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Monday, October 19, 2020

Explained: Why India’s anti-radiation missile Rudram matters

What is an anti-radiation missile? How was Rudram developed? How significant are such missiles in aerial warfare? What next for Rudram?

Written by Sushant Kulkarni | Pune | Updated: October 17, 2020 8:19:12 am
The Rudram missile is launched from a Sukhoi-30 MKI.

India’s first indigenous anti-radiation missile, Rudram, developed for the Indian Air Force, was successfully flight-tested from a Sukhoi-30 MKI jet off the east coast on Friday.

What is an anti-radiation missile?

Anti-radiation missiles are designed to detect, track and neutralise the adversary’s radar, communication assets and other radio frequency sources, which are generally part of their air defence systems. Such a missile’s navigation mechanism comprises an inertial navigation system — a computerised mechanism that uses changes in the object’s own position — coupled with GPS, which is satellite-based.

For guidance, it has a “passive homing head” — a system that can detect, classify and engage targets (radio frequency sources in this case) over a wide band of frequencies as programmed. Officials said once the Rudram missile locks on the target, it is capable of striking accurately even if the radiation source switches off in between. Officials said the missile has an operational range of more than 100 km, based on the launch parameters from the fighter jet.

How was Rudram developed?

Rudram is an air-to-surface missile, designed and developed by the Defence Research and Development Organisation (DRDO). Officials said DRDO initiated development of anti-radiation missiles of this type around eight years ago, and its integration with fighter jets has been a collaborative effort of various DRDO facilities and formations of the IAF and Hindustan Aeronautics Ltd. While the system has been tested from a Sukhoi-30 MKI, it can be adapted for launch from other fighter jets too.

Because the missiles are to be carried and launched from extremely complex and sensitive fighter jets, the development was full of challenges, such as development of radiation seeker technologies and guidance systems, besides integration with the fighter jet, said a DRDO scientist.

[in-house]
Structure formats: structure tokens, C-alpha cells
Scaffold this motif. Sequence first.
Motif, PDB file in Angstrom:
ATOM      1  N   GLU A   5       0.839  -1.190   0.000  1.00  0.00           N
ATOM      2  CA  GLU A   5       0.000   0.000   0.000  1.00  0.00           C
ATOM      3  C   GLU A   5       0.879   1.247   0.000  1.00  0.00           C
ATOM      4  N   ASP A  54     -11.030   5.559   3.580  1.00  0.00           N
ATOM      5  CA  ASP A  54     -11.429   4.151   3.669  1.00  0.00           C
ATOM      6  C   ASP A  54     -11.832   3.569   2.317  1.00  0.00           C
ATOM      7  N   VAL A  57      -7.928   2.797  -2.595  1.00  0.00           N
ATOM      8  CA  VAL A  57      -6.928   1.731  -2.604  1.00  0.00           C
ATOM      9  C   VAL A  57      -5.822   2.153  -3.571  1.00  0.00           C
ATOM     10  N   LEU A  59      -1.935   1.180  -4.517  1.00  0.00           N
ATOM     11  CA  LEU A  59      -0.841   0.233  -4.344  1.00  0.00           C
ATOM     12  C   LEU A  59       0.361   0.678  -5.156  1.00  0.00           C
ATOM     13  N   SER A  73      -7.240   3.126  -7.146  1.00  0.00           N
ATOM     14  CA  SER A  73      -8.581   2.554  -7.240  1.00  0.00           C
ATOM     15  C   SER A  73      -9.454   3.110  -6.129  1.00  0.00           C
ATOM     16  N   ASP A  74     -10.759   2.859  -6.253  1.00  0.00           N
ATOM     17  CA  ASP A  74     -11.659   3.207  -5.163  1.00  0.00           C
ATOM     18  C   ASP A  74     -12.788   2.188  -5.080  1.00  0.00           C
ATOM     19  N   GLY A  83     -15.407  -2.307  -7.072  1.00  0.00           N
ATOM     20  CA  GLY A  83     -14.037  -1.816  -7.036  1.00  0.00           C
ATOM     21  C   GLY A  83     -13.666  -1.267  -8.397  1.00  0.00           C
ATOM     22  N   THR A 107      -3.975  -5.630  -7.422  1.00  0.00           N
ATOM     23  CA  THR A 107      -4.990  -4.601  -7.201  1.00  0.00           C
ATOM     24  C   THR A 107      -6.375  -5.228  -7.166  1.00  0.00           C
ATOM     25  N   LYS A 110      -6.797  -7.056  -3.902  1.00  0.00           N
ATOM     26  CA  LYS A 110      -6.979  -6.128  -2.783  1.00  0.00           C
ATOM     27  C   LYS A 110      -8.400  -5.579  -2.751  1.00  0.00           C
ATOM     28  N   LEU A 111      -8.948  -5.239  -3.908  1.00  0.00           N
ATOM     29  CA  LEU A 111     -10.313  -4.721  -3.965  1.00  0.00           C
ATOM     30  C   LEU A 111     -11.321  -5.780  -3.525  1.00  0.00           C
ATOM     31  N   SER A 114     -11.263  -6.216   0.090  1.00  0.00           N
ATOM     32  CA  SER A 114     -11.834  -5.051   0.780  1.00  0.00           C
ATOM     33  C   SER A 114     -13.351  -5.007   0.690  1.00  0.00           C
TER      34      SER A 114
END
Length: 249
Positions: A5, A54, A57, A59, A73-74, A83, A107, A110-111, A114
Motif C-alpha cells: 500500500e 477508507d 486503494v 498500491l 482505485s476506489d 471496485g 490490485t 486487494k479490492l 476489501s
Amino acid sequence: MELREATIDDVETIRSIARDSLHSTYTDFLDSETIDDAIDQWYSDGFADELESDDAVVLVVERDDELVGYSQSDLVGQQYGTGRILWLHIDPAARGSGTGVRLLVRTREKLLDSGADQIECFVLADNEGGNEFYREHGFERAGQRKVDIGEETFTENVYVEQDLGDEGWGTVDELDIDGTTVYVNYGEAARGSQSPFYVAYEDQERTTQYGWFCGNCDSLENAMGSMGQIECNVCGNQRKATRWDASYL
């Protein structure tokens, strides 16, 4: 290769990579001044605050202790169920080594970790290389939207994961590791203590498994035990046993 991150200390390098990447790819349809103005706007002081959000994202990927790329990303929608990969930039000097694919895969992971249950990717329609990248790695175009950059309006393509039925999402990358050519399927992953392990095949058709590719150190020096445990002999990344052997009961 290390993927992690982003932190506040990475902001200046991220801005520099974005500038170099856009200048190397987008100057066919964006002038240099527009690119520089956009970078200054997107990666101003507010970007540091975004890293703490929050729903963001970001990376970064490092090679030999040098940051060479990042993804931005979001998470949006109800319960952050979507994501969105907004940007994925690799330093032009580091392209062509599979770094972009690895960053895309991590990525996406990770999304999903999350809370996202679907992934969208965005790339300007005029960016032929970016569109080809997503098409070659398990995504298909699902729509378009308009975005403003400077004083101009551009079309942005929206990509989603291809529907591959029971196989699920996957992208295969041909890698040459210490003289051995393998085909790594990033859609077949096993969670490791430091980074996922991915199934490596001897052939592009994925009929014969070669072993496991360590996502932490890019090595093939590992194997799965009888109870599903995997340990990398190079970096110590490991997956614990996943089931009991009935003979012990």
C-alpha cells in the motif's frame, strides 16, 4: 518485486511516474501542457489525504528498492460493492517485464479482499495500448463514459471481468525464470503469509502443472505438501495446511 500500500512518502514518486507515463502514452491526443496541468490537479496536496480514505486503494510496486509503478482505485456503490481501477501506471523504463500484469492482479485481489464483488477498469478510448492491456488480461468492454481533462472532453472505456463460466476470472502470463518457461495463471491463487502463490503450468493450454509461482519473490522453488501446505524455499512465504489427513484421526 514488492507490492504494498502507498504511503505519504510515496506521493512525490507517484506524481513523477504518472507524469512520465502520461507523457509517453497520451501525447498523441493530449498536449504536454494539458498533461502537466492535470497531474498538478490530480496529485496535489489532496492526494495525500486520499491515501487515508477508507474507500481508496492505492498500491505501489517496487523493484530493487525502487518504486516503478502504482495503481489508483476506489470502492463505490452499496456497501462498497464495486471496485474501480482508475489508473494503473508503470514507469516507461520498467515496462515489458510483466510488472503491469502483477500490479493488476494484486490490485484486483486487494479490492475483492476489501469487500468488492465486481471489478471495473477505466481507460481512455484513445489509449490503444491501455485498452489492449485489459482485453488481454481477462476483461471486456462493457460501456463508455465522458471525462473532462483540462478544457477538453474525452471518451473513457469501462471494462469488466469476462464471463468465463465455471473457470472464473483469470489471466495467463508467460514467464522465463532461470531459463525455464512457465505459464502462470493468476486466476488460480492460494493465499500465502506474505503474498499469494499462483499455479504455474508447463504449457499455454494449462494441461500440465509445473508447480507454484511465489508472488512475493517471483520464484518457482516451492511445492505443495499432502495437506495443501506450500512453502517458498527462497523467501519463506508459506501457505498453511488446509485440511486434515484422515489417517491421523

An official said the Sanskrit name Rudram was given in keeping with tradition, because it includes the letters ARM (the acronym for anti-radiation missile) and the word in Sanskrit describes a “remover of sorrows” (one of its meanings).

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How significant are such missiles in aerial warfare?

Rudram has been developed for the IAF’s requirement to enhance its Suppression of Enemy Air Defence (SEAD) capability. As one of the many aspects of SEAD tactics, anti-radiation missiles are used mainly in the initial part of air conflict to strike at the air defence assets of the enemy, and also in later parts, leading to higher survivability to a country’s own aircraft. Neutralising or disrupting the operations of the adversary’s early warning radars, command and control systems, surveillance systems that use radio frequencies and give inputs for anti-aircraft weaponry, can be very crucial.

Scientists said modern-day warfare is more and more network-centric, which means it comprises elaborate detection, surveillance and communication systems that are integrated with the weapons systems.

What next for Rudram?

Rudram hit the radiation target with pinpoint accuracy, DRDO said. After the test, Defence Minister Rajnath Singh tweeted to say the test is “a remarkable achievement”.

Officials said some more flights would take place before the system is ready for induction.

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